Over 55? This company wants to give you an internship

HRD investigates how one organisation is addressing ageism in the workplace

Over 55? This company wants to give you an internship

Fans of Robert De Niro will no doubt be familiar with the film The Intern.

The plot centres around 70-year old Ben Whittaker (De Niro) who realises he is not cut out for retirement and applies to become a senior intern at an online fashion site. Despite initial scepticism over his ability to fit in, Whittaker excels in the role and becomes popular with his co-workers, including the CEO Jules Ostin (Hathaway).

It might sound like something only Hollywood could conjure up, but one organisation in Australia is offering a similar opportunity for people over the age of 55.

Creative agency Thinkerbell recently announced an eight-week paid internship to address the growing age gap in the majority of companies operating in advertising.

Emma O'Leary, Agency C.O.P (culture, operations & people), Thinkerbell, told HRD that older Australians are “massively underrepresented in the advertising industry”.

O'Leary cited research that just five percent of ad agency employees globally are over 50, with the median age for employees sitting at 38.

"We hope by launching [email protected], we can do our bit to address the ageism issue faced by our older generation in the advertising industry. We also want to help spark authentic action in other industries,” said O'Leary.

"We know that there is a wealth of talent, knowledge and life experience that our older generation brings."

Specifically, the company is looking for people over 55 who can bring their experience to the agency, across creative, account management, office management, finance, media, digital services, illustration, strategy and photography.

“You could be a retired hotel concierge that’s interested in running our front of house, a detective who wants to do some insights work, or a newspaper cartoonist who’s looking for the next creative challenge,” said O’Leary.

“We don’t mind where your experience comes from, as long as you think you have something to give to our industry”.

Read more: Ageism: Which gender has it worse?

O'Leary added that there have always been ageism issues in the advertising industry, long before COVID-19.

A 2018 report by the Australian Human Rights Commission found that almost one third of Australian employers are reluctant to hire job applicants beyond a certain age.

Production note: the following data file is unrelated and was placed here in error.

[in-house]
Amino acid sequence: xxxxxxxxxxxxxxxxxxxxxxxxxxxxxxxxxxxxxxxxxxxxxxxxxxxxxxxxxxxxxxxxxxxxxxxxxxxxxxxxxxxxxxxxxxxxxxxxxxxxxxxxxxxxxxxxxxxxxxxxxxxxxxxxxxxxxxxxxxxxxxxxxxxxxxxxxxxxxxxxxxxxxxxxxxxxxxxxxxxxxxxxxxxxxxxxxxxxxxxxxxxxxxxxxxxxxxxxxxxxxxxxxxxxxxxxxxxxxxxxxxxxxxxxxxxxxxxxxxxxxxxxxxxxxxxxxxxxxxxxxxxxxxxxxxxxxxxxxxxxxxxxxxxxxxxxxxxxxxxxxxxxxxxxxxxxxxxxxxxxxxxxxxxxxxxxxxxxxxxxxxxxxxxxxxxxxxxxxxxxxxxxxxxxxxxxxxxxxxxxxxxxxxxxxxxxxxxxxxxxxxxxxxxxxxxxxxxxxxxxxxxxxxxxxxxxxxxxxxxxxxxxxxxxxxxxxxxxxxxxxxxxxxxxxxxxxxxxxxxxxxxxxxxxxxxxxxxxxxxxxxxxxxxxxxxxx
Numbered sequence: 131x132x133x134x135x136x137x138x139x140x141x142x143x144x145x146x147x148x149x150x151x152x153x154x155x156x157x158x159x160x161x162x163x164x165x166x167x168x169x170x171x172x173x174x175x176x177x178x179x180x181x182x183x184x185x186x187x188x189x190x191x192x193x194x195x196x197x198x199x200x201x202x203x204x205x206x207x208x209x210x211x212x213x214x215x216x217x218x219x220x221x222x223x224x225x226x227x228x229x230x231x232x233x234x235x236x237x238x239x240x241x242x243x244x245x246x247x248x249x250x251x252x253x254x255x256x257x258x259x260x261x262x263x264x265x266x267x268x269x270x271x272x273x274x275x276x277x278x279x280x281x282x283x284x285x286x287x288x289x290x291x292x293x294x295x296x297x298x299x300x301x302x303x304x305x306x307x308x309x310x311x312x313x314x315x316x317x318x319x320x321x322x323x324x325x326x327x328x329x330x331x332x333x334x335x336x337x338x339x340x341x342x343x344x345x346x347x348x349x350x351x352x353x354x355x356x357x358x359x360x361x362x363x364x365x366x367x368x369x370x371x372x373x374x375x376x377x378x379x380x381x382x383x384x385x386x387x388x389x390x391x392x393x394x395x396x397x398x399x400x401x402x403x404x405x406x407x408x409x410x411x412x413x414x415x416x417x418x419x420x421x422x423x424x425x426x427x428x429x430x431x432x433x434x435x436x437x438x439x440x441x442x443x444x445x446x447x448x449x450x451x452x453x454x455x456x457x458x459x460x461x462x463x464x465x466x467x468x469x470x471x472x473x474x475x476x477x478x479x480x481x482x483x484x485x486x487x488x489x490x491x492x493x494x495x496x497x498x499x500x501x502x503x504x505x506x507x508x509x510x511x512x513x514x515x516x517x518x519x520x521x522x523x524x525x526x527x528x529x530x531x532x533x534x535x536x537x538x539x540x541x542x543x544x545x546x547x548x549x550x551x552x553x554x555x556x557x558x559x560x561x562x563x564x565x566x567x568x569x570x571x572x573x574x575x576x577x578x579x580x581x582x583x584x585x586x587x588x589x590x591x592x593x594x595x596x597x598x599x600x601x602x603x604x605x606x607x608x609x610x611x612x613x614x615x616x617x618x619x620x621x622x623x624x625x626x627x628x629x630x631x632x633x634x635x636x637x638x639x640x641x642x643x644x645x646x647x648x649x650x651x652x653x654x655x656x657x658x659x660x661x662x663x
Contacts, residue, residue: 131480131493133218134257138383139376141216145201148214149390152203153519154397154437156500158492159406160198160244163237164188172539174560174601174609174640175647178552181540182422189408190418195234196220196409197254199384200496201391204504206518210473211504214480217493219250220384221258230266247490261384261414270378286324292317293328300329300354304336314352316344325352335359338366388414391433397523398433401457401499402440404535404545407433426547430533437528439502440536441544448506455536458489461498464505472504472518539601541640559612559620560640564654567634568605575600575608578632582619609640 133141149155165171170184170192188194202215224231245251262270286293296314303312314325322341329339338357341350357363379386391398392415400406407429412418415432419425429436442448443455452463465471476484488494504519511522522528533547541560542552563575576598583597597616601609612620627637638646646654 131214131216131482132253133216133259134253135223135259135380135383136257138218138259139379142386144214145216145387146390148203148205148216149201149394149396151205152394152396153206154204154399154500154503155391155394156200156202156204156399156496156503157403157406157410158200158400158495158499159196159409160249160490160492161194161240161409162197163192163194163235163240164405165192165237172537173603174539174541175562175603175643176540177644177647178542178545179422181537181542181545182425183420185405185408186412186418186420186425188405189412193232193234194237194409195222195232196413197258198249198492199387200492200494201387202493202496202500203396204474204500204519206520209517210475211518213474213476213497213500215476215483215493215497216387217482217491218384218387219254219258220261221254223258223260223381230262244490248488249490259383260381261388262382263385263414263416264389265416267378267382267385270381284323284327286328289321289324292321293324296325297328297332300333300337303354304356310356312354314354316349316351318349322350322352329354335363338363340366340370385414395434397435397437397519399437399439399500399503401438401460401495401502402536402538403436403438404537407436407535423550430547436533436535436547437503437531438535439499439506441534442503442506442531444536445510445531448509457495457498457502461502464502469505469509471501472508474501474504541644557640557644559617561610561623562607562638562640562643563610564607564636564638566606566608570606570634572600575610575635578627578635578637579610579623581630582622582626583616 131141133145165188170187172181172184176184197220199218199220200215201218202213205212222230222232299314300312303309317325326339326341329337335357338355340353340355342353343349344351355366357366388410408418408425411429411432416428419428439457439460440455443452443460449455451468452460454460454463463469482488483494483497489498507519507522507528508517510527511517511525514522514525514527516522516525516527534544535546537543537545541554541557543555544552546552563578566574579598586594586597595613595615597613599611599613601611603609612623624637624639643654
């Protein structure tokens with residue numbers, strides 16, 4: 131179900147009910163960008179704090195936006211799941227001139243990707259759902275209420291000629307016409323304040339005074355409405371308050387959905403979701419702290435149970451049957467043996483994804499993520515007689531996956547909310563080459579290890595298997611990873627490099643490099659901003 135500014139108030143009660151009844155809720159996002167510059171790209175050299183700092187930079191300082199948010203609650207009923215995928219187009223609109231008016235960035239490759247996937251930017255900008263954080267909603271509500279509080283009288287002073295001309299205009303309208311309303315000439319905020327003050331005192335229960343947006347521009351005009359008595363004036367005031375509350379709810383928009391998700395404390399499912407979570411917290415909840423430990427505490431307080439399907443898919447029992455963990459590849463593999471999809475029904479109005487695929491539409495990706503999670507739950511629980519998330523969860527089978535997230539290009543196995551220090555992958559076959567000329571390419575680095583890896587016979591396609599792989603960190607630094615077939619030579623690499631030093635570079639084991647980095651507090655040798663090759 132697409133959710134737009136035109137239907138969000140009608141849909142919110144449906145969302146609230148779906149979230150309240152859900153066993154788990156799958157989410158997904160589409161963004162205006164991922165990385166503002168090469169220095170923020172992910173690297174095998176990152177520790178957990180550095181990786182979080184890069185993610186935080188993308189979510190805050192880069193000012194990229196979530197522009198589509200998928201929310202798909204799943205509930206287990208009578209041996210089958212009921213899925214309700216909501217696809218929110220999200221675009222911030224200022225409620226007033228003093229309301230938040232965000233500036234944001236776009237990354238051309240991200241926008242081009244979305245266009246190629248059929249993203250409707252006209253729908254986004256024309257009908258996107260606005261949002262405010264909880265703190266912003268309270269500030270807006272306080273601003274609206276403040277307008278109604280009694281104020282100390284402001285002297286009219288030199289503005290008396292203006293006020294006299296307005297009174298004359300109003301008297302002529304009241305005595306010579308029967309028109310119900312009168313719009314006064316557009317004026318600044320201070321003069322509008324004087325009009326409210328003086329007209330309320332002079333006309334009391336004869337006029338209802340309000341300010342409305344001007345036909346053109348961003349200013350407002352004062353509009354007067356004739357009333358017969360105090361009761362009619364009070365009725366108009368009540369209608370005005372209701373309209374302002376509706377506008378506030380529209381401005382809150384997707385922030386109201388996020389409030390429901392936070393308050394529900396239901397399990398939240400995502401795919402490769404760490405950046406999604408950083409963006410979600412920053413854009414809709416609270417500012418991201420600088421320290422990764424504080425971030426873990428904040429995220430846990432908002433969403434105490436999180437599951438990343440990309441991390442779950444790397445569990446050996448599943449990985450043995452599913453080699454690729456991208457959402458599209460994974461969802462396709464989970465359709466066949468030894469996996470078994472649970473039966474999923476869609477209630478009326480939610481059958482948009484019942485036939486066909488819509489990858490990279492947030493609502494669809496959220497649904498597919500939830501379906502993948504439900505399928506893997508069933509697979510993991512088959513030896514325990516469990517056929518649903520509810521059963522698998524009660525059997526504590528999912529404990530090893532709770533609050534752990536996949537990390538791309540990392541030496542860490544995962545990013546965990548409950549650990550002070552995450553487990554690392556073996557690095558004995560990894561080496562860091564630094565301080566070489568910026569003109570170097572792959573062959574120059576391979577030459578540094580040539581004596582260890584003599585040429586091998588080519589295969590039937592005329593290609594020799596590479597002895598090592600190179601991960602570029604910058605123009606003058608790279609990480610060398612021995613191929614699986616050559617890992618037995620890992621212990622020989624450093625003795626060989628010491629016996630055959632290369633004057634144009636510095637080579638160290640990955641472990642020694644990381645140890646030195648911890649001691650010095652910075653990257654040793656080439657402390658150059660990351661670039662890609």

For seven in 10 companies, the cut-off age for candidates is 50 – even though setting an age limit on job applicants is against the law in Australia.

“This year has been challenging for so many, both in and out of the workforce,” said O’Leary.

“COVID-19 hasn't discriminated, with many people of all ages losing jobs. So, you combine that with an ageism issue, and I'm sure the older generation are finding it even tougher than usual to find employment.

"The response so far has shown that there is absolutely an appetite to talk about and address ageism."

Lisa Annese, CEO of the Diversity Council of Australia, told HRD that offering a paid internship for people over 55 is a “brilliant idea”.

“It sounds like a great way to get senior Australians to reengage with employers – especially those who have been outside the labour market for a while,” said Annese.

“It’s really great in terms of improving people’s confidence, providing it’s not exploitative and it’s providing meaningful work.”

“I am little bit mistrustful of the concept of some internships that are unpaid because they can be quite exploitative of labour.”

Read more: Why is ageism still rampant in Australia?

Annese said that in terms of supporting diversity and inclusion, organisations must approach it through a lens of how different identities overlap.

“One of the dangers of treating women as one homogenous group is that they are not. I think there are different sorts of barriers to women at different ages,” said Annese.

“In order to address issues around gender diversity appropriately, you need to consider age and life stage because that’s a significant factor in how exclusion plays out in workplaces and barriers can be very age specific.”

Agreeing that the initiative sounds promising, Linda Carroll, Head of People & Culture at Affinity Education told HRD that her experience has led her to believe that age bias is a significant issue within the Australian workforce.

“Going back to earlier in my career when I worked as a recruiter in external recruitment, I think that anything that can help break down bias is going to be of benefit,” said Carroll.

“I think that some younger employees can feel threatened by older workers and see senior staff as being set in their ways and unrelatable.

“So, having that opportunity to have an intern who is 55 or older in the workplace is a great way for everybody to understand that senior Australians bring a lot to the table. They bring a lot of life experience and work experience.”

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